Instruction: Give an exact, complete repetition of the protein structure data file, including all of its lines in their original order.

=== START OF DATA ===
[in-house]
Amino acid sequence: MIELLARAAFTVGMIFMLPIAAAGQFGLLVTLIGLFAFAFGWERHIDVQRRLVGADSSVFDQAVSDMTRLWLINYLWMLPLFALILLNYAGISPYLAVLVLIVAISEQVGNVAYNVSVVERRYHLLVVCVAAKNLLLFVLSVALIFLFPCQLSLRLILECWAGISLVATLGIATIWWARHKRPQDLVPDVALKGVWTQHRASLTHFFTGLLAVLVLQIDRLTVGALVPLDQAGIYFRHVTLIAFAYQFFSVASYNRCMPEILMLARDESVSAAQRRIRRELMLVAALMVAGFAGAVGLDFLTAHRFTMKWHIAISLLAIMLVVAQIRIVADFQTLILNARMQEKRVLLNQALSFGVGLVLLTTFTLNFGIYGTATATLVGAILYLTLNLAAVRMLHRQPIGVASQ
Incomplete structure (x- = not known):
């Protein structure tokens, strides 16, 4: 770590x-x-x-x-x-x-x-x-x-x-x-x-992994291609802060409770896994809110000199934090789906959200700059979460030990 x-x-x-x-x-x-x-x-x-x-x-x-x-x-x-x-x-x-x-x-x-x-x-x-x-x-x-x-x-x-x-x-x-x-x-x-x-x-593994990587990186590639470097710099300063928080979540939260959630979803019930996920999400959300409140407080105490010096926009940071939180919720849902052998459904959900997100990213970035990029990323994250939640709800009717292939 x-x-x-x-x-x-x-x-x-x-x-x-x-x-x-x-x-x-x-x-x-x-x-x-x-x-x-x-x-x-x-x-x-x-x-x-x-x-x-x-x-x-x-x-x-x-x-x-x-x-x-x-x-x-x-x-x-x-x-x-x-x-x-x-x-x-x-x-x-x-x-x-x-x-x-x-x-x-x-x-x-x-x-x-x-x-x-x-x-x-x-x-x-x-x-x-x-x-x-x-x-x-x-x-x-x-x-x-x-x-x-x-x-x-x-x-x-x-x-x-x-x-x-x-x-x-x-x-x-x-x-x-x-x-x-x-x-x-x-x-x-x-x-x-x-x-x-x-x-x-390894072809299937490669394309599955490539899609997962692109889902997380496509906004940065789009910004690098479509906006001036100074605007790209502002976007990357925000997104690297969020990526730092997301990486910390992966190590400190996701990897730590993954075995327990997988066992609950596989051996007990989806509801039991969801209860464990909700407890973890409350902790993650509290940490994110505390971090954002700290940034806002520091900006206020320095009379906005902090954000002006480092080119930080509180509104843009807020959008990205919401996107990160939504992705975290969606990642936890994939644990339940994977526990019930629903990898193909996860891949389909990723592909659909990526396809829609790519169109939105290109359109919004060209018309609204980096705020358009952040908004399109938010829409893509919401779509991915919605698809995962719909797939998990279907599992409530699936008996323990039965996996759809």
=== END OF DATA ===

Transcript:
[in-house]
Amino acid sequence: MIELLARAAFTVGMIFMLPIAAAGQFGLLVTLIGLFAFAFGWERHIDVQRRLVGADSSVFDQAVSDMTRLWLINYLWMLPLFALILLNYAGISPYLAVLVLIVAISEQVGNVAYNVSVVERRYHLLVVCVAAKNLLLFVLSVALIFLFPCQLSLRLILECWAGISLVATLGIATIWWARHKRPQDLVPDVALKGVWTQHRASLTHFFTGLLAVLVLQIDRLTVGALVPLDQAGIYFRHVTLIAFAYQFFSVASYNRCMPEILMLARDESVSAAQRRIRRELMLVAALMVAGFAGAVGLDFLTAHRFTMKWHIAISLLAIMLVVAQIRIVADFQTLILNARMQEKRVLLNQALSFGVGLVLLTTFTLNFGIYGTATATLVGAILYLTLNLAAVRMLHRQPIGVASQ
Incomplete structure (x- = not known):
């Protein structure tokens, strides 16, 4: 770590x-x-x-x-x-x-x-x-x-x-x-x-992994291609802060409770896994809110000199934090789906959200700059979460030990 x-x-x-x-x-x-x-x-x-x-x-x-x-x-x-x-x-x-x-x-x-x-x-x-x-x-x-x-x-x-x-x-x-x-x-x-x-x-593994990587990186590639470097710099300063928080979540939260959630979803019930996920999400959300409140407080105490010096926009940071939180919720849902052998459904959900997100990213970035990029990323994250939640709800009717292939 x-x-x-x-x-x-x-x-x-x-x-x-x-x-x-x-x-x-x-x-x-x-x-x-x-x-x-x-x-x-x-x-x-x-x-x-x-x-x-x-x-x-x-x-x-x-x-x-x-x-x-x-x-x-x-x-x-x-x-x-x-x-x-x-x-x-x-x-x-x-x-x-x-x-x-x-x-x-x-x-x-x-x-x-x-x-x-x-x-x-x-x-x-x-x-x-x-x-x-x-x-x-x-x-x-x-x-x-x-x-x-x-x-x-x-x-x-x-x-x-x-x-x-x-x-x-x-x-x-x-x-x-x-x-x-x-x-x-x-x-x-x-x-x-x-x-x-x-x-x-390894072809299937490669394309599955490539899609997962692109889902997380496509906004940065789009910004690098479509906006001036100074605007790209502002976007990357925000997104690297969020990526730092997301990486910390992966190590400190996701990897730590993954075995327990997988066992609950596989051996007990989806509801039991969801209860464990909700407890973890409350902790993650509290940490994110505390971090954002700290940034806002520091900006206020320095009379906005902090954000002006480092080119930080509180509104843009807020959008990205919401996107990160939504992705975290969606990642936890994939644990339940994977526990019930629903990898193909996860891949389909990723592909659909990526396809829609790519169109939105290109359109919004060209018309609204980096705020358009952040908004399109938010829409893509919401779509991915919605698809995962719909797939998990279907599992409530699936008996323990039965996996759809």